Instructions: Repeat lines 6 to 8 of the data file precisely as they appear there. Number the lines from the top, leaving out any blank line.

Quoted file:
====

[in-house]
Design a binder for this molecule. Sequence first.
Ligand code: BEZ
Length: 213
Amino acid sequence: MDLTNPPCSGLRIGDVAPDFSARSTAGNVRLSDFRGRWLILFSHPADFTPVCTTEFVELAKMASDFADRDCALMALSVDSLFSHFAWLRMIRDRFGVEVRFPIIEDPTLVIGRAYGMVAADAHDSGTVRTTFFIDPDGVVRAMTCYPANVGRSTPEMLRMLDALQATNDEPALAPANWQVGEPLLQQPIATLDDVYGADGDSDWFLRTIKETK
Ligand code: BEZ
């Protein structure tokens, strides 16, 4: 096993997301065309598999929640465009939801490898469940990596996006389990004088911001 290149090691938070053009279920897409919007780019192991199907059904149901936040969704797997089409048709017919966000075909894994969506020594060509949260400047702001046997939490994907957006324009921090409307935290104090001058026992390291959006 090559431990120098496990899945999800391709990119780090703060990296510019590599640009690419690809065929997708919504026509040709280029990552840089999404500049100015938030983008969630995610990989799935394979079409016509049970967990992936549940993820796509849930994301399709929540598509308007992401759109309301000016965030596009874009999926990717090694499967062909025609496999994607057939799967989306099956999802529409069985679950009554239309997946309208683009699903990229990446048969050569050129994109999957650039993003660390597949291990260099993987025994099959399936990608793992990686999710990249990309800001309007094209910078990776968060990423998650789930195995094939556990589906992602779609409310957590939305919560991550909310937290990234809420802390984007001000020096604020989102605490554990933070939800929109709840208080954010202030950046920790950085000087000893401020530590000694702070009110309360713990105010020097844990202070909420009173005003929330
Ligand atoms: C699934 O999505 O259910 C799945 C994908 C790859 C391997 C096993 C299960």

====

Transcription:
Ligand code: BEZ
């Protein structure tokens, strides 16, 4: 096993997301065309598999929640465009939801490898469940990596996006389990004088911001 290149090691938070053009279920897409919007780019192991199907059904149901936040969704797997089409048709017919966000075909894994969506020594060509949260400047702001046997939490994907957006324009921090409307935290104090001058026992390291959006 090559431990120098496990899945999800391709990119780090703060990296510019590599640009690419690809065929997708919504026509040709280029990552840089999404500049100015938030983008969630995610990989799935394979079409016509049970967990992936549940993820796509849930994301399709929540598509308007992401759109309301000016965030596009874009999926990717090694499967062909025609496999994607057939799967989306099956999802529409069985679950009554239309997946309208683009699903990229990446048969050569050129994109999957650039993003660390597949291990260099993987025994099959399936990608793992990686999710990249990309800001309007094209910078990776968060990423998650789930195995094939556990589906992602779609409310957590939305919560991550909310937290990234809420802390984007001000020096604020989102605490554990933070939800929109709840208080954010202030950046920790950085000087000893401020530590000694702070009110309360713990105010020097844990202070909420009173005003929330
Ligand atoms: C699934 O999505 O259910 C799945 C994908 C790859 C391997 C096993 C299960």